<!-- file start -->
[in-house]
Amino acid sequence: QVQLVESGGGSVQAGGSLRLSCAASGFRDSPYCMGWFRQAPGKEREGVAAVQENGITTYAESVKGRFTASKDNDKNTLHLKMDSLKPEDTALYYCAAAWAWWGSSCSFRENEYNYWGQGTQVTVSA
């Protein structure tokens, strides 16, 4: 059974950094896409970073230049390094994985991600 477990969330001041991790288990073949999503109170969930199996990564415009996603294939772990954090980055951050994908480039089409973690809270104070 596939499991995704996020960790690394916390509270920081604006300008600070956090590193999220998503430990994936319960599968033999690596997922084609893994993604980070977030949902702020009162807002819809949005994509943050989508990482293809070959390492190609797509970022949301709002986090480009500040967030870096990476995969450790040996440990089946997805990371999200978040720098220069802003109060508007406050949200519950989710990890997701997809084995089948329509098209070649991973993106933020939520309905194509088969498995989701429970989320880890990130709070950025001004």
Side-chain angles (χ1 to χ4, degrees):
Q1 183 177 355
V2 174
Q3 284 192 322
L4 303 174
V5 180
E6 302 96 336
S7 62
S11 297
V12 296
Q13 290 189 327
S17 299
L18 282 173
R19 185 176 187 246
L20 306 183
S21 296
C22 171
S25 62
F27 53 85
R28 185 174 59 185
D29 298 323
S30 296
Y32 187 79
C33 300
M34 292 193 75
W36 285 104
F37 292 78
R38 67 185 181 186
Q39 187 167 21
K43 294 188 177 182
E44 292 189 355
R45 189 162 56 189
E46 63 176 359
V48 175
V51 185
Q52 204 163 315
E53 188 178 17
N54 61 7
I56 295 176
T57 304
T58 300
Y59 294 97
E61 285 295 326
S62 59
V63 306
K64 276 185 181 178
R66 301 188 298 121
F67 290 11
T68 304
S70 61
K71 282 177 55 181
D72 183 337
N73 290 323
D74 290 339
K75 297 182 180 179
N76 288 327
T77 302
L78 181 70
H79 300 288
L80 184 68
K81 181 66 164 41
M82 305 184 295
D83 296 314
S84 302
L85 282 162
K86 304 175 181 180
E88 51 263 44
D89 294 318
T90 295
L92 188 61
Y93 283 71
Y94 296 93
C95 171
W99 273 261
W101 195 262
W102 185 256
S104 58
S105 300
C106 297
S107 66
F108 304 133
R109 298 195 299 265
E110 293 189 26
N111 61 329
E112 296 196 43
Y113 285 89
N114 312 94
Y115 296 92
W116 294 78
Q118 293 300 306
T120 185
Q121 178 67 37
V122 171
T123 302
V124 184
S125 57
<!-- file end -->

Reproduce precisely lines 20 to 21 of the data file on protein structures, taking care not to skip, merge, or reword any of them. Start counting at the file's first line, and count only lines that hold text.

C22 171
S25 62